The Case of Shahd Abusalama – A Palestinian Scholar Successfully Defeated Attempts to Silence HerPublished on Thu Feb 17 2022 - modified on Wed Mar 02 2022
Shahd Abusalama faced a smear campaign and was about to lose a teaching position at Sheffield Hallam University. Her case, which we supported, illustrates the trend of growing repression of Palestinian rights advocacy on UK campuses. Shahd’s case also illustrates that solidarity and coordination are an effective way to collectively push back against unjust repression of legitimate advocacy for Palestinian rights.
Shahd Abusalama is a resilient third-generation Palestinian refugee from Gaza who has survived Israel’s regular military aggressions on Palestinians in Gaza. She is an artist, activist and a PhD scholar at Sheffield Hallam University.
Shahd was smeared in the press by Israel advocacy groups due to a Twitter thread she posted in December 2021, where she provided context to a protest banner stating, “Stop the Palestinian Holocaust”. These unfounded allegations are meant to exclude her from academia because she is a critical voice advocating for justice and freedom in Palestine.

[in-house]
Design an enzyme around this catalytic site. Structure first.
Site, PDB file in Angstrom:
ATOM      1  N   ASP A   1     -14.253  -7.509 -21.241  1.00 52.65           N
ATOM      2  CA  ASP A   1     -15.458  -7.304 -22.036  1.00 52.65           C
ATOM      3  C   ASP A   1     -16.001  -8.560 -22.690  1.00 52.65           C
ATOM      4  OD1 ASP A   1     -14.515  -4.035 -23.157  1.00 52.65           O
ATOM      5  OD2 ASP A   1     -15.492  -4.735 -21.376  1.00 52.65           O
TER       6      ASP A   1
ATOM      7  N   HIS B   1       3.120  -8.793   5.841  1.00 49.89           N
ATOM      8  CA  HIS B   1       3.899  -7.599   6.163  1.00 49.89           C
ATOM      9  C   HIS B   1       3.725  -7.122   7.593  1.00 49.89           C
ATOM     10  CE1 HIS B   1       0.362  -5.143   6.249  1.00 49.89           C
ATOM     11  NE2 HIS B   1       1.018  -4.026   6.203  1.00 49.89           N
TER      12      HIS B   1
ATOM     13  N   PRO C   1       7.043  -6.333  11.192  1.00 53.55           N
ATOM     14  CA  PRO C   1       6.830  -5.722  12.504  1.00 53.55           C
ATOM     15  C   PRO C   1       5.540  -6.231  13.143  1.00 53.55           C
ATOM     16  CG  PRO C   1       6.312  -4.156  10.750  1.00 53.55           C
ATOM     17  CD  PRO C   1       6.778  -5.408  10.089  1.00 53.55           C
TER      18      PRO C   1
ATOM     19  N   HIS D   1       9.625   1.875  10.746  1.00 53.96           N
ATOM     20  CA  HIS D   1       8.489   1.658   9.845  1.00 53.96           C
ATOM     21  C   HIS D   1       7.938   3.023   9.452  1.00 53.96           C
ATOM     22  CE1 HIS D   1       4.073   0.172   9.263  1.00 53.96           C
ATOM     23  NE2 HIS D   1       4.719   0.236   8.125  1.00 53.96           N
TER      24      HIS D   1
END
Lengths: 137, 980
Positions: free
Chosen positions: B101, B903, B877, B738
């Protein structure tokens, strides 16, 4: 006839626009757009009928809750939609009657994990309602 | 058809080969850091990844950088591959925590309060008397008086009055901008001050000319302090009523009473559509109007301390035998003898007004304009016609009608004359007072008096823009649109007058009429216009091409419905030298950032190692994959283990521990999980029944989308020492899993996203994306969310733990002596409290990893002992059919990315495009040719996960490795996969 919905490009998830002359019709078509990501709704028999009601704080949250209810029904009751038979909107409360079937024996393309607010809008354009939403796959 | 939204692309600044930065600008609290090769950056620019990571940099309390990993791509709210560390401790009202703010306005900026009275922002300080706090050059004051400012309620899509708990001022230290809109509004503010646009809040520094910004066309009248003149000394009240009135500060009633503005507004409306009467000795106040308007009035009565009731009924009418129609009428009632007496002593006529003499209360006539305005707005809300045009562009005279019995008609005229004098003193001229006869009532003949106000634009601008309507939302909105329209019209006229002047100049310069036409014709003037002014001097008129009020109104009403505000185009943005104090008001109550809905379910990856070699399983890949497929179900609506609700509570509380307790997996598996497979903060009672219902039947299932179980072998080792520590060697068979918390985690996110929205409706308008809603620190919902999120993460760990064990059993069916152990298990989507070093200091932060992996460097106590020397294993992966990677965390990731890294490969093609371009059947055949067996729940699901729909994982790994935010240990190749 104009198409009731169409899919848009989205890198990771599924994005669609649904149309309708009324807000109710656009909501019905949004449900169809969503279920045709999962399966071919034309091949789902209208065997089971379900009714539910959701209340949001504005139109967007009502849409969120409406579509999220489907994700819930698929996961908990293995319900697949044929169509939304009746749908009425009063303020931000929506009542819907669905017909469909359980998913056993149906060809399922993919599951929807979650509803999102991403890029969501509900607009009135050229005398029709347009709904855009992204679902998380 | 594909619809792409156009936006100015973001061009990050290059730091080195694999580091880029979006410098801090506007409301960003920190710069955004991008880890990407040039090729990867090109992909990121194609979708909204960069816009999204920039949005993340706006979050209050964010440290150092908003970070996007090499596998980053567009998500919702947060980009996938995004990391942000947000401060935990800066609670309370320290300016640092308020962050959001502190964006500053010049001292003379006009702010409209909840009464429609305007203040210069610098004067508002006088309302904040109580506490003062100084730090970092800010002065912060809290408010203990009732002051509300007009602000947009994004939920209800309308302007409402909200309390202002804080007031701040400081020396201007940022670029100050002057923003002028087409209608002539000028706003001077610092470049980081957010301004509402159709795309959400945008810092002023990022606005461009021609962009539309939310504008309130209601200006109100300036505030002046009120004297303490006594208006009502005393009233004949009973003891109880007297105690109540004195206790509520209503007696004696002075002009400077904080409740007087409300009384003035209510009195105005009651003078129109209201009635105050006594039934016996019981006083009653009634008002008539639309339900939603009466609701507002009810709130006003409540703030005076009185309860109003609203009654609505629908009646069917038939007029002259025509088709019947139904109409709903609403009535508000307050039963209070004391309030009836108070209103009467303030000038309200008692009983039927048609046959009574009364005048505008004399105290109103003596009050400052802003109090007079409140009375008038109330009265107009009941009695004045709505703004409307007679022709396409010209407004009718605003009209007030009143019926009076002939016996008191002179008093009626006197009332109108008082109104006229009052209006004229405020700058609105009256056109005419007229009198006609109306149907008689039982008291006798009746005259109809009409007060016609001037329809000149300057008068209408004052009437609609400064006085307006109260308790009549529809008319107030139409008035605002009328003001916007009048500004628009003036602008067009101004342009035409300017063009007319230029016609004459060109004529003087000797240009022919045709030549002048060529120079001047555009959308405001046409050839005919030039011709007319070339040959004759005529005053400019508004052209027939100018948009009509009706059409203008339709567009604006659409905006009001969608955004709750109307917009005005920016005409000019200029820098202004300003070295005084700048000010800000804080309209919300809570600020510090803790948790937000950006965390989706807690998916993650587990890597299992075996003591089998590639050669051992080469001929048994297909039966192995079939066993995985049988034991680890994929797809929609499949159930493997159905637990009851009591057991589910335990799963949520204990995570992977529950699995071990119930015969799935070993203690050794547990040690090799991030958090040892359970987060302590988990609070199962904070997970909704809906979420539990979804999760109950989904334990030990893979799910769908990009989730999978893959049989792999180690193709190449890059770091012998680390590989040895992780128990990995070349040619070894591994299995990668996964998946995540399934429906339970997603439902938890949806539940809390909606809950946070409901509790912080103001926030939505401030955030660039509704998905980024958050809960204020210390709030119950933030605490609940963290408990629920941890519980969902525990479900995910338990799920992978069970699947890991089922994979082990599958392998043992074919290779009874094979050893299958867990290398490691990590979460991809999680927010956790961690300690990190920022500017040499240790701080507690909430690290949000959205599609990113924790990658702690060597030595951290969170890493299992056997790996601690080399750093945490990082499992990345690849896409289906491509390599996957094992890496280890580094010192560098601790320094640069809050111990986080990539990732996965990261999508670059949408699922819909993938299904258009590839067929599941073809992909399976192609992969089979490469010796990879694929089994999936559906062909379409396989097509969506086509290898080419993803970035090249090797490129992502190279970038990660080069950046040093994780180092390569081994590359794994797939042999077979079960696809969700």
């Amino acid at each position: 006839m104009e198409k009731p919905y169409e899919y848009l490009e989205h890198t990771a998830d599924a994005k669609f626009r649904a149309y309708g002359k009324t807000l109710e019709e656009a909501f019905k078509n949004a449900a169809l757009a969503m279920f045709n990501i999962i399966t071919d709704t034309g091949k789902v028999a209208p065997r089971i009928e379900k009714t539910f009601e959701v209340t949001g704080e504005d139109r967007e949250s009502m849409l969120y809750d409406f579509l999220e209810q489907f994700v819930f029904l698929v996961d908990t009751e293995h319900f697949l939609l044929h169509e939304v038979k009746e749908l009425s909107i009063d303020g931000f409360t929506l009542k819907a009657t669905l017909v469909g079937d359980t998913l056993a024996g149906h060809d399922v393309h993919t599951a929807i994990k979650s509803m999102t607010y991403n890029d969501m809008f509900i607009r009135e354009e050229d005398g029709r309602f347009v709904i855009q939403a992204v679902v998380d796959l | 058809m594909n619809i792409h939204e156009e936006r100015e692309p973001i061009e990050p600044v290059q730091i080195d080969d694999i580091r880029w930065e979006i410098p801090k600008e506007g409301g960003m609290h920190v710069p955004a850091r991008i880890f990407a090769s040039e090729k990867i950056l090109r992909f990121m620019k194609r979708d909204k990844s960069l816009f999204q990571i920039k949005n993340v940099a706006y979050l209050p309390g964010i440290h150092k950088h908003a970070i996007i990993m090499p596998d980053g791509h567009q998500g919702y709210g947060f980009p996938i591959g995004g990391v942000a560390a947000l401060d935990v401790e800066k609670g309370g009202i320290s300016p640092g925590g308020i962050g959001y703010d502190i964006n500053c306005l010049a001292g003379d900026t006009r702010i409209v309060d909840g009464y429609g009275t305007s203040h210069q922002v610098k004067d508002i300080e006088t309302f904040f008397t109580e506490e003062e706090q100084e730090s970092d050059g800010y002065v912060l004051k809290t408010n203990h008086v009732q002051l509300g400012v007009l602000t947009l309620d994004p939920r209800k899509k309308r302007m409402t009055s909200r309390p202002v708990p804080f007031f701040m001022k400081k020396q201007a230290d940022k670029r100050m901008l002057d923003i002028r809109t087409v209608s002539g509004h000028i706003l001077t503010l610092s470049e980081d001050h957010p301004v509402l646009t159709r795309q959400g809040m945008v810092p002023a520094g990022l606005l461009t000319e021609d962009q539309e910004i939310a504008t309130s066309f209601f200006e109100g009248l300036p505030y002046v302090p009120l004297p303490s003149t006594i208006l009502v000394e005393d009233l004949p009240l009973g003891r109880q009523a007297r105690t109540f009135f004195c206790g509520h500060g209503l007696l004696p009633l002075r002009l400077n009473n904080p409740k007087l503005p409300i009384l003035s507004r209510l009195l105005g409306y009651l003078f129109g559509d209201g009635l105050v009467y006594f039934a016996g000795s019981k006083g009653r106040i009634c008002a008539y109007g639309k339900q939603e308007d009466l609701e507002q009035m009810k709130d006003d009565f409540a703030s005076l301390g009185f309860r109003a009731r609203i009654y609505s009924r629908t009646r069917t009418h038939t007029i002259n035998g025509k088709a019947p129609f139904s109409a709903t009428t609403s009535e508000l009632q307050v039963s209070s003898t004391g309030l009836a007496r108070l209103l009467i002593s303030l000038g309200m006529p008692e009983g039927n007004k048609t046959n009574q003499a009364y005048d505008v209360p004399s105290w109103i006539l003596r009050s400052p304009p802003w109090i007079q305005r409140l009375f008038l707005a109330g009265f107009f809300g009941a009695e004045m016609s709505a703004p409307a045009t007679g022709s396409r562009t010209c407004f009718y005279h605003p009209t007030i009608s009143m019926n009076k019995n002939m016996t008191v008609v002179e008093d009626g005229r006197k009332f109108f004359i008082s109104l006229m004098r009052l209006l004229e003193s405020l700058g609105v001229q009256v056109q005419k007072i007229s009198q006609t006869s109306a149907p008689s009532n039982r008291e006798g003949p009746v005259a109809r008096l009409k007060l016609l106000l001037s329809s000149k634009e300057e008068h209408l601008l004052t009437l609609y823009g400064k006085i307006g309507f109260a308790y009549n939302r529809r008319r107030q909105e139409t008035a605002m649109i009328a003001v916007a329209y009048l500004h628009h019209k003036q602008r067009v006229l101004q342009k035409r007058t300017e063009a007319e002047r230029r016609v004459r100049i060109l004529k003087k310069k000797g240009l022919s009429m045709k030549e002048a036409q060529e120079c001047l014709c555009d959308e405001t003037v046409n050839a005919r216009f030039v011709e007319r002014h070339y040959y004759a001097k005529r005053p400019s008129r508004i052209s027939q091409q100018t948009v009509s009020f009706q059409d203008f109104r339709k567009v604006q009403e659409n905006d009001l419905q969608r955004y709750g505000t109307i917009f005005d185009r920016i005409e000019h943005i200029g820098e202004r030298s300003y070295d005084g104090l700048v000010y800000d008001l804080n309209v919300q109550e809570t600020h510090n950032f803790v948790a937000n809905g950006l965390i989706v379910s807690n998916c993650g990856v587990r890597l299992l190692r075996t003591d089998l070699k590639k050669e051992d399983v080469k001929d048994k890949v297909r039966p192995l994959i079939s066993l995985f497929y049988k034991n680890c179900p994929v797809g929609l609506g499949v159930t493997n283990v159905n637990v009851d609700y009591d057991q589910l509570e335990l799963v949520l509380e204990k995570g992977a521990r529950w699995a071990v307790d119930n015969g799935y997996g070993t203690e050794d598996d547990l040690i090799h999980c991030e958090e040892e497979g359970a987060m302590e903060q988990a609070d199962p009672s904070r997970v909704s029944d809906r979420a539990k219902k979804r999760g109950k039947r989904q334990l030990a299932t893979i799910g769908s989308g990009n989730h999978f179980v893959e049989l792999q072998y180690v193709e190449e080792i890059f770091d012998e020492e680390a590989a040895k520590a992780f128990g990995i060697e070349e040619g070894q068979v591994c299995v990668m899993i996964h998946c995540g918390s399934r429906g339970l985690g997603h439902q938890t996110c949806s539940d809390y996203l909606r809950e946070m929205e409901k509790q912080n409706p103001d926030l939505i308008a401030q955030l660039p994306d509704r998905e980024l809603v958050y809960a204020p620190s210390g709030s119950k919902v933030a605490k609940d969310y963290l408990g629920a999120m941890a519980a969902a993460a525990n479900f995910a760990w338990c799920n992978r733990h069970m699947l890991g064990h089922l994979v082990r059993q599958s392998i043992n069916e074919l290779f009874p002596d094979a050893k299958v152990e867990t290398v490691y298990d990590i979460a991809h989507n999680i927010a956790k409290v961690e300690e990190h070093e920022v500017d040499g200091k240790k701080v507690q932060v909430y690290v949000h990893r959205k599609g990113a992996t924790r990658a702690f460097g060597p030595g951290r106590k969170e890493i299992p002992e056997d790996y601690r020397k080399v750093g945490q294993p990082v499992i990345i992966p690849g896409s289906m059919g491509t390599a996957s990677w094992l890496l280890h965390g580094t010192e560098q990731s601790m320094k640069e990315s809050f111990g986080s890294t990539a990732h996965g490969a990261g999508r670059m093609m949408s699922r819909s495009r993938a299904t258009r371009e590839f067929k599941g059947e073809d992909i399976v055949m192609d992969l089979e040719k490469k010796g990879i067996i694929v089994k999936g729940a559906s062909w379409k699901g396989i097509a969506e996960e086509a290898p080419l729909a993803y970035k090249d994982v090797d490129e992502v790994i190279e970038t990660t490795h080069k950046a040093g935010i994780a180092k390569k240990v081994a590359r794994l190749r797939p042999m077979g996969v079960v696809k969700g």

On 21 January 2022, a day before Shahd was supposed to start her teaching as an associate lecturer, Sheffield Hallam University suspended her classes and launched an investigation against her without any explanation. In response, a powerful worldwide public campaign supported by the Sheffield Hallam UCU, civil society organisations, academics, students, with dozens of support letters as well as support by the ELSC, led to the University deciding to reinstate Shahd’s teaching on 27 January 2022.
Despite this, Shahd remained under investigation. In coordination with UCU Hallam, the ELSC requested the university to drop its investigation on the basis that it was discriminatory, conducted in violation of its own policies and in violation of Shahd’s freedom of expression.
On 3 February 2022, the university informed Shahd that they were dropping the investigation against her. The university also agreed to offer Shahd a more secure employment contract, affording her better pay and other benefits as requested in our letter.
Shahd’s victory is symbolic of the necessity and impact of solidarity against unjust silencing tactics that deliberately target Palestinian rights advocates in Europe, including the use of the controversial IHRA-Working Definition on Antisemitism and its examples, that Sheffield Hallam University adopted last year.
Read more about the case here: